By Aubrey Aust, Class of 2018
It all began with a vision. In 1976, seven families joined together with a desire to provide their children with a college preparatory education. As they discussed their hopes and aspirations for a school with challenging classes, competitive sports, and a strong arts program, they began to realize that there was a significant need to create the type of school they were searching for. During these early meetings, they refined their vision and worked on designing an independent school built on small class sizes, academic rigor, abundant opportunities in both arts and athletics, and Christian principles.
Canterbury opened its doors September 8, 1977, to 89 students. The founders shared a concern of whether or not the school would truly be a success, but 40 years later, it is evident that their vision was one that would stand the test of time. Beth Behrendt, a writer, school volunteer, and mother to three boys, captured the enduring heart of Canterbury in her book A Mighty Spirit: Canterbury School at 40 Years. Behrendt explores the school’s history from its early years to the present day. She chronicles the changes that have occurred over the past 40 years, and one unifying theme clearly emerges: Canterbury’s spirit remains the same.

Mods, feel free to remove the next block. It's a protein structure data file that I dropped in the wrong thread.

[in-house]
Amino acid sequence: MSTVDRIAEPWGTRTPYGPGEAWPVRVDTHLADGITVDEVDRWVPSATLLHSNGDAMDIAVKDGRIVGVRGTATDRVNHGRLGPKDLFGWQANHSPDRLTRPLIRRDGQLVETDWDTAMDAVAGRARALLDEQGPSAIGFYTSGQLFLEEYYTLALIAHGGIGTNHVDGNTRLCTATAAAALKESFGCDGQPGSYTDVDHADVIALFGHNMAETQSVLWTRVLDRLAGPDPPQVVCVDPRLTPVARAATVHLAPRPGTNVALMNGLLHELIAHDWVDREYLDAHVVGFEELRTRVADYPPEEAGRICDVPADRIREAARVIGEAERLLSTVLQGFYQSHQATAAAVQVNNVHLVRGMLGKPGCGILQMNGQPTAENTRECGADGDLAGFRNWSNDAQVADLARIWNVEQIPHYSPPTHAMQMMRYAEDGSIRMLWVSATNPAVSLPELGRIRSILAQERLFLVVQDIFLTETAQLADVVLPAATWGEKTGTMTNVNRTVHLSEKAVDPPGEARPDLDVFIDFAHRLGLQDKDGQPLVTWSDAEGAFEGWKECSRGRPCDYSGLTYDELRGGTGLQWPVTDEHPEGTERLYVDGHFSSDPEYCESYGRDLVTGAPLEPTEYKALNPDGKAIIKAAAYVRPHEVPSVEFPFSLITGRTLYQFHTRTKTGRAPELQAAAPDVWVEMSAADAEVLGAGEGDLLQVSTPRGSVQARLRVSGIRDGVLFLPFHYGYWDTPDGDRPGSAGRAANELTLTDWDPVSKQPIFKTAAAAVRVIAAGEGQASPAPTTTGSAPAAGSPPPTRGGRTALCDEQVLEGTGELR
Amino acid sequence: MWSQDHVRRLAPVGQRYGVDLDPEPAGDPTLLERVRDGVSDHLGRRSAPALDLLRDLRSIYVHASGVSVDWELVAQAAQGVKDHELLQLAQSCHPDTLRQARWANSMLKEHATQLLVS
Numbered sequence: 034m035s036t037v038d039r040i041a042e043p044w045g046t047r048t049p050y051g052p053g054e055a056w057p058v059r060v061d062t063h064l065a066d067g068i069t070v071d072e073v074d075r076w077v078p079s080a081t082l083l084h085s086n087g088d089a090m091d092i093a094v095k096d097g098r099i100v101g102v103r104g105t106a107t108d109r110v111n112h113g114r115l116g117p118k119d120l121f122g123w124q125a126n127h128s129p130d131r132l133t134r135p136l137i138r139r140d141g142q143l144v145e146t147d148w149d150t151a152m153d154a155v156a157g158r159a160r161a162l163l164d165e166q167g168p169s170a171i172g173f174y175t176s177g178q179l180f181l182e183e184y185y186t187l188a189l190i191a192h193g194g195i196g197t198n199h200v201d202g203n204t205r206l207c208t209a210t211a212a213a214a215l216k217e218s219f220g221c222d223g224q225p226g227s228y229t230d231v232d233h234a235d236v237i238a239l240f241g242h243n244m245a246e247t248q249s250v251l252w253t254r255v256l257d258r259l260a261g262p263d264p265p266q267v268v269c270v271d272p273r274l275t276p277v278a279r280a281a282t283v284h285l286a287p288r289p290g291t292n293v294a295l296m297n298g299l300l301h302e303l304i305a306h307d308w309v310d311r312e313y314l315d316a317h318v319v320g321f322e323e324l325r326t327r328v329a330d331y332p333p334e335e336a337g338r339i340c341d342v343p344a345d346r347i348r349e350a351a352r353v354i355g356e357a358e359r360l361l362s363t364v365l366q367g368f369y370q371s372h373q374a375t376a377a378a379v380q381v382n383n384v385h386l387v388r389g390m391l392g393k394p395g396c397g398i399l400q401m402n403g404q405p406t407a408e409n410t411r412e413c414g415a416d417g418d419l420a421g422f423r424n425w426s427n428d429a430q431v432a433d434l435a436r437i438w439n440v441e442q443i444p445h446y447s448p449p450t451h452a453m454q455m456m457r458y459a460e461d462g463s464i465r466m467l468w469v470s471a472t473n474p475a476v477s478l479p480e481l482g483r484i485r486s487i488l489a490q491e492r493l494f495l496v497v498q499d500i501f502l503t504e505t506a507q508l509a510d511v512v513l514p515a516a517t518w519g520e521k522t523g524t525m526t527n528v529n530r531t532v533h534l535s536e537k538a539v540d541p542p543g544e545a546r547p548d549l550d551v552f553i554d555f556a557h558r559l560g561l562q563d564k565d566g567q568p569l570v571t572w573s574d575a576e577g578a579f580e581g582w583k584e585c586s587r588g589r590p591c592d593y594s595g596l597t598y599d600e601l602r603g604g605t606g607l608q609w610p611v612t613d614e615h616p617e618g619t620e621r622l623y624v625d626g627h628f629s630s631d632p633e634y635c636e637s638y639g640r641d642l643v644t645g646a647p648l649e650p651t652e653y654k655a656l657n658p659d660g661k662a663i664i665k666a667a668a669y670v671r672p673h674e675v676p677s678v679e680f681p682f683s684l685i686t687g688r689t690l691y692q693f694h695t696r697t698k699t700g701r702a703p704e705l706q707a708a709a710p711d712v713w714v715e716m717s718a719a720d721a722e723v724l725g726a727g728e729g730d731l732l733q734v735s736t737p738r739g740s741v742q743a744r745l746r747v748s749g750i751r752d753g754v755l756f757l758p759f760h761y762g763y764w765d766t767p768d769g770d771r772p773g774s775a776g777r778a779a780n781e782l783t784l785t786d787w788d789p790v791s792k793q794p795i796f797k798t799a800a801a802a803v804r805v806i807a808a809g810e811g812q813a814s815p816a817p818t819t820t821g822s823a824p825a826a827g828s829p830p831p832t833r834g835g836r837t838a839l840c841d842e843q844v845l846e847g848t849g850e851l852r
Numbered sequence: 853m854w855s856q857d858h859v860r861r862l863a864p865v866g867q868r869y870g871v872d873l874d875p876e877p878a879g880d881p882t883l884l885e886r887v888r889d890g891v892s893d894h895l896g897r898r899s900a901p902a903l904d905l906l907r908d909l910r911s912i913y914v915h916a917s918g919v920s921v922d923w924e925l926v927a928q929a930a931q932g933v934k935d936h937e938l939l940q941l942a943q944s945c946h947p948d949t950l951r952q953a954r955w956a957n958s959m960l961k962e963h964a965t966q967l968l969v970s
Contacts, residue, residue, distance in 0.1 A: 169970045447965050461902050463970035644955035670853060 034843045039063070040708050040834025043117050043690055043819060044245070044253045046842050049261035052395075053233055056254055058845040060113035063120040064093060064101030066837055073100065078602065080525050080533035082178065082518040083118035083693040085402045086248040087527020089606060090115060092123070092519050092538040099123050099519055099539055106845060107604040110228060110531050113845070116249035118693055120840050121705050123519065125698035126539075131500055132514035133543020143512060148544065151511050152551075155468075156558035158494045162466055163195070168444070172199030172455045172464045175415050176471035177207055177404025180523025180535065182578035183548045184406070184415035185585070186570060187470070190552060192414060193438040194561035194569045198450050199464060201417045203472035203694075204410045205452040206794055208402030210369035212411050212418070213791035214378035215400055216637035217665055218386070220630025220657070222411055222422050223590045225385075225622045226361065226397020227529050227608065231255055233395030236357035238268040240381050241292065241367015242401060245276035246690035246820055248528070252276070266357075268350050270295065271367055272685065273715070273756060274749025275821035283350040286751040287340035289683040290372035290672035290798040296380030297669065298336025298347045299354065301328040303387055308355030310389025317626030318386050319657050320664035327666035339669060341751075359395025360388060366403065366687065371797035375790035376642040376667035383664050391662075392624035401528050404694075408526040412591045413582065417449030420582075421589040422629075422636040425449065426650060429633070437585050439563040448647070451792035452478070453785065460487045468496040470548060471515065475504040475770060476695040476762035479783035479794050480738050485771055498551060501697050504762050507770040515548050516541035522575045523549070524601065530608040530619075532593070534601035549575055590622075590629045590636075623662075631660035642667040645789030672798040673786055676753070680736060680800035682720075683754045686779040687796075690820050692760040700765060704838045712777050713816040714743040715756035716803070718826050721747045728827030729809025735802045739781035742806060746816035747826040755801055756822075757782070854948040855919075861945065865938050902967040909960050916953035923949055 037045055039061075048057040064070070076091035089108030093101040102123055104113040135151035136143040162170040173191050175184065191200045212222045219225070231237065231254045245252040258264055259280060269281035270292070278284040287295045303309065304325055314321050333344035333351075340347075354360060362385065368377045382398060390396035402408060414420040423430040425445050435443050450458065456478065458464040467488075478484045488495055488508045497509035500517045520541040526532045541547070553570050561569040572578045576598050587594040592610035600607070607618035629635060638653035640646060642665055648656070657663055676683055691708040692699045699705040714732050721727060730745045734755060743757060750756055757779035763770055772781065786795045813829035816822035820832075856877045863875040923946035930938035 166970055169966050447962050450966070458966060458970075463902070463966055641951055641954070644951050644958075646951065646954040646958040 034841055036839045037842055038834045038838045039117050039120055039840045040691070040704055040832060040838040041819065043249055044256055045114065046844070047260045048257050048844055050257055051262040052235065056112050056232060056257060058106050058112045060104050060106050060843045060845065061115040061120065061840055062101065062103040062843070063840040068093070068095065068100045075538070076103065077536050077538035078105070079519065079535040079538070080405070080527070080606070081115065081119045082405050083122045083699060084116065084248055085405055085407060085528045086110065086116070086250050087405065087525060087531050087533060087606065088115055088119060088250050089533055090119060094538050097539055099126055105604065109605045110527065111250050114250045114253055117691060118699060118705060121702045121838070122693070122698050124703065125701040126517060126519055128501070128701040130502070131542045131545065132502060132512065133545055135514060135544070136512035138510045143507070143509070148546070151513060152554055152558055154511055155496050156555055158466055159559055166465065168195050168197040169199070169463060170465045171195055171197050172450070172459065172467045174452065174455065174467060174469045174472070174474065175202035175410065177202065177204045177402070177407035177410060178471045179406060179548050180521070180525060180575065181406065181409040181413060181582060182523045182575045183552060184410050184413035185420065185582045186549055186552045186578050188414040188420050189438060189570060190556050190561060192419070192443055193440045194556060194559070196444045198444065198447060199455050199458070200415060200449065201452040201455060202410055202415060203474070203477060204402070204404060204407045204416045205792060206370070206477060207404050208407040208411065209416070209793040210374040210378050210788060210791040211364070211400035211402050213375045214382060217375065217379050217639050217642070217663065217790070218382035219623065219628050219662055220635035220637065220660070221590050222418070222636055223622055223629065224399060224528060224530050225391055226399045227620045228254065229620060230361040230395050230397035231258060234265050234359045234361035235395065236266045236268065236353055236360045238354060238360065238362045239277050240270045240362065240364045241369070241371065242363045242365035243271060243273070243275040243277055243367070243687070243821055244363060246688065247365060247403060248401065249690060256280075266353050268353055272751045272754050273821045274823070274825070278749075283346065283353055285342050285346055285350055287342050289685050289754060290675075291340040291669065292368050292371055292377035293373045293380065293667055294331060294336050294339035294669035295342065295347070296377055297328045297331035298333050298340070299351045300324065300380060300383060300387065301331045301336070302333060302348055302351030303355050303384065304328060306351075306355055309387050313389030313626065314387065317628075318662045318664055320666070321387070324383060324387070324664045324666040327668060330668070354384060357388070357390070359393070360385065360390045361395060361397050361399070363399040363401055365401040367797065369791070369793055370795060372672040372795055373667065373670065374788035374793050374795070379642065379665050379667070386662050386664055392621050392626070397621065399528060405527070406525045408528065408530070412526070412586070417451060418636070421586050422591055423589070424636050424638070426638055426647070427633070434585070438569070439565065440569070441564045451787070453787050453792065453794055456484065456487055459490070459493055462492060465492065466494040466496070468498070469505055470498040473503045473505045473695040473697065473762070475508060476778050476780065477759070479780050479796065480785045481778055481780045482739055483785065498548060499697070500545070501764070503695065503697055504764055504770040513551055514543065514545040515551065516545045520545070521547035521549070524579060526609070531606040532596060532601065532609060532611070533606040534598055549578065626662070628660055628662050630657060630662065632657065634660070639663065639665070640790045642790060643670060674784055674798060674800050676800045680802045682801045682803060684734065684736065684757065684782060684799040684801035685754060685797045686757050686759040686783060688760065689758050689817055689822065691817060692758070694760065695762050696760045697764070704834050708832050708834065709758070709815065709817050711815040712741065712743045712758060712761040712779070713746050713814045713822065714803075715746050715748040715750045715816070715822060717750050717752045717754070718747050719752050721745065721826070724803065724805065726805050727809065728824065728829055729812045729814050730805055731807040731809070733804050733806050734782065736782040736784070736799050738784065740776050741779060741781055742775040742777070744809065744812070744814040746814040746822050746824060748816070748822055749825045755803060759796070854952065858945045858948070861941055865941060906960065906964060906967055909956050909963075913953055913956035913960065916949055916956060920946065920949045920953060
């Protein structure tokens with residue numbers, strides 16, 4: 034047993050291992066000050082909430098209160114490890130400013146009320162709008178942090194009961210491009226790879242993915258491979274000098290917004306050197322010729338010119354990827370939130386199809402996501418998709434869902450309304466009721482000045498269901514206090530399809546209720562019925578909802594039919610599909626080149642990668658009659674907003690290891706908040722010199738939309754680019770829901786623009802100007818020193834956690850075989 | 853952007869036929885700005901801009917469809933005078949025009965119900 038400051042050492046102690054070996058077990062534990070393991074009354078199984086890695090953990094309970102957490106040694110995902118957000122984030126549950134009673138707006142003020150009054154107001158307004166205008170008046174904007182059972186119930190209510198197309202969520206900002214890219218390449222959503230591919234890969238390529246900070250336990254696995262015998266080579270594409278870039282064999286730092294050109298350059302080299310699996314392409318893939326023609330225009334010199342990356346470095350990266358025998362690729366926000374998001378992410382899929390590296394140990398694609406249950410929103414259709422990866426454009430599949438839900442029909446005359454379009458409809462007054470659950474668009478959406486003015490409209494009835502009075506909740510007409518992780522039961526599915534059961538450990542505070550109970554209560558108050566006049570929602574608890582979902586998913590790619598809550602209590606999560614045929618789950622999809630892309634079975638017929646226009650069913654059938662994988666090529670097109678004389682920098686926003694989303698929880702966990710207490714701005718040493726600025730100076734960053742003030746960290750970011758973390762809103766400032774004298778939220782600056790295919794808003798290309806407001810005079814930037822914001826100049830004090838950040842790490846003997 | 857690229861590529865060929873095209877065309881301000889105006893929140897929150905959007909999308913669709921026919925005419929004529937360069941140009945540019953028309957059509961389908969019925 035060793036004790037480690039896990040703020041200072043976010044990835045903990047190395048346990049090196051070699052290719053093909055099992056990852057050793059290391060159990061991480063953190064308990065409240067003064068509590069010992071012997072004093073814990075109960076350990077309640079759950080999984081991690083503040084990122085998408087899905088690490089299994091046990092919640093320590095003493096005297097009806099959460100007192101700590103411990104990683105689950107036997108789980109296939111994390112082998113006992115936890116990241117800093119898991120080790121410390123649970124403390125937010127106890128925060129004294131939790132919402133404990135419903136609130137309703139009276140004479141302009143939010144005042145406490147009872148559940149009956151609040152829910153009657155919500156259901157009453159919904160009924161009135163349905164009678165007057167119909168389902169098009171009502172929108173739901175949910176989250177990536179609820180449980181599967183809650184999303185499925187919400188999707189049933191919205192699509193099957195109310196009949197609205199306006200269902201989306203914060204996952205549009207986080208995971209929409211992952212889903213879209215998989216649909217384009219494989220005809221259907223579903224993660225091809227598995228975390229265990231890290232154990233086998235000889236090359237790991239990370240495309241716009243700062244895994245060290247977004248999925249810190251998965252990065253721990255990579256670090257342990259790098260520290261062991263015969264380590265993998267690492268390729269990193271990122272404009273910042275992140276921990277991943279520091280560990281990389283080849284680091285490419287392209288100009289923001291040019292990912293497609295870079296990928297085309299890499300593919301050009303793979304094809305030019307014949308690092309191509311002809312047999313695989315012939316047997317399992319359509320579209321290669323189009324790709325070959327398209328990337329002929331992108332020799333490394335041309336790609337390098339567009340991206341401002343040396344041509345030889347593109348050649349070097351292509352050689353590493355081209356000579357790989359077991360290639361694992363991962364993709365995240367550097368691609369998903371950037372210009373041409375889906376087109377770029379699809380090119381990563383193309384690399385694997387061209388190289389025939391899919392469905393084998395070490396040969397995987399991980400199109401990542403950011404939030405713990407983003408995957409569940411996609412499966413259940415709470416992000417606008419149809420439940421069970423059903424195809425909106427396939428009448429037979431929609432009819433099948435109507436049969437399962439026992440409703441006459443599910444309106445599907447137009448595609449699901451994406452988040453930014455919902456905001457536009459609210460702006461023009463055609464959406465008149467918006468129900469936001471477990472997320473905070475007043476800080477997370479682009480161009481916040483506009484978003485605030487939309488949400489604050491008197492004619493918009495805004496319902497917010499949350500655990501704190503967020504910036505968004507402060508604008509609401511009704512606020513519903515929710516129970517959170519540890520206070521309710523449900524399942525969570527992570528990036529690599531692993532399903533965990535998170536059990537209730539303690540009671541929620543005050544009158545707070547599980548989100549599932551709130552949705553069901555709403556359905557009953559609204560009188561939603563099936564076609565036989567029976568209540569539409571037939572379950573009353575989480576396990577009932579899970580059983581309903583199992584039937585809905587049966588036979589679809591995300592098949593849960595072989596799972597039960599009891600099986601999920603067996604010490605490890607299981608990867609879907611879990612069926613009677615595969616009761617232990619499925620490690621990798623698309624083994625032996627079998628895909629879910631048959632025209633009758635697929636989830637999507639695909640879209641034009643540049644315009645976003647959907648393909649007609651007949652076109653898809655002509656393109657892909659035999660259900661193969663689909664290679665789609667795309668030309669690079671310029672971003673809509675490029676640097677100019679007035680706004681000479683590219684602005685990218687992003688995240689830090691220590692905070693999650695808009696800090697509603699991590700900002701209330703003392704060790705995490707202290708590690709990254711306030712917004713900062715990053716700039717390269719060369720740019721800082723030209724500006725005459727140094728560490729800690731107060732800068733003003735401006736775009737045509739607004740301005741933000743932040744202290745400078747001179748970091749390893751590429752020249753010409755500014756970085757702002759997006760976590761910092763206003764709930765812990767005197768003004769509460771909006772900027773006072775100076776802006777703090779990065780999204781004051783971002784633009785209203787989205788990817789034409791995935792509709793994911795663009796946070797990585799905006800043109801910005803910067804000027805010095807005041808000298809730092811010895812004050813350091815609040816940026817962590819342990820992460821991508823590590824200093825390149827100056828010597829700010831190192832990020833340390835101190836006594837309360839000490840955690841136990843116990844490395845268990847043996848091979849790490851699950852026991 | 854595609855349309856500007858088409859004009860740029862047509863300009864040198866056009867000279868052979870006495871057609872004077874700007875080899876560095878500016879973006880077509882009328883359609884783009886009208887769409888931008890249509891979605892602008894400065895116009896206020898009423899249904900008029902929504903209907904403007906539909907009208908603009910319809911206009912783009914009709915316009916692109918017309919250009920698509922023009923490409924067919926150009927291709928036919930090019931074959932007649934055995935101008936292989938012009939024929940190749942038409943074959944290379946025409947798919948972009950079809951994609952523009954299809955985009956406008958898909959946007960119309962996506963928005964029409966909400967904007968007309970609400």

The idea for the book grew from a conversation with Susan Johnson. I wanted to become more involved in the school community and was chatting with her about how I might use my professional backgrounds in library science and freelance writing. We talked about the school’s somewhat neglected archives, about the approaching 40th anniversary, and about interviewing the founders for this occasion. All of which led to the idea of a book to celebrate the anniversary. Susan and I pitched the idea to Jonathan Hancock, Headmaster at the time, who was immediately supportive.
I started the process in the spring of 2016 by going through the archives and reading everything I could find about Canterbury’s founding, early history, and milestones through the years. I began the interview process with Jonathan and then each of the founders. I then tried to interview as representative a sample as possible of current and former administrators and faculty, alums and parents of alums, and current families. The interview process took a little over a year. A few of the founders shared documents from their personal collections that really helped round out the research. I had a constantly evolving draft of the book going the whole time – rearranging the chapters and plugging in quotes and interesting facts as I collected them. The focused writing and fact-checking happened in late summer and early fall of 2017; that draft was run by a proofreader/editor; the final text then went to a graphic designer for layout. After her layout was done we knew exactly how much space we had for photos.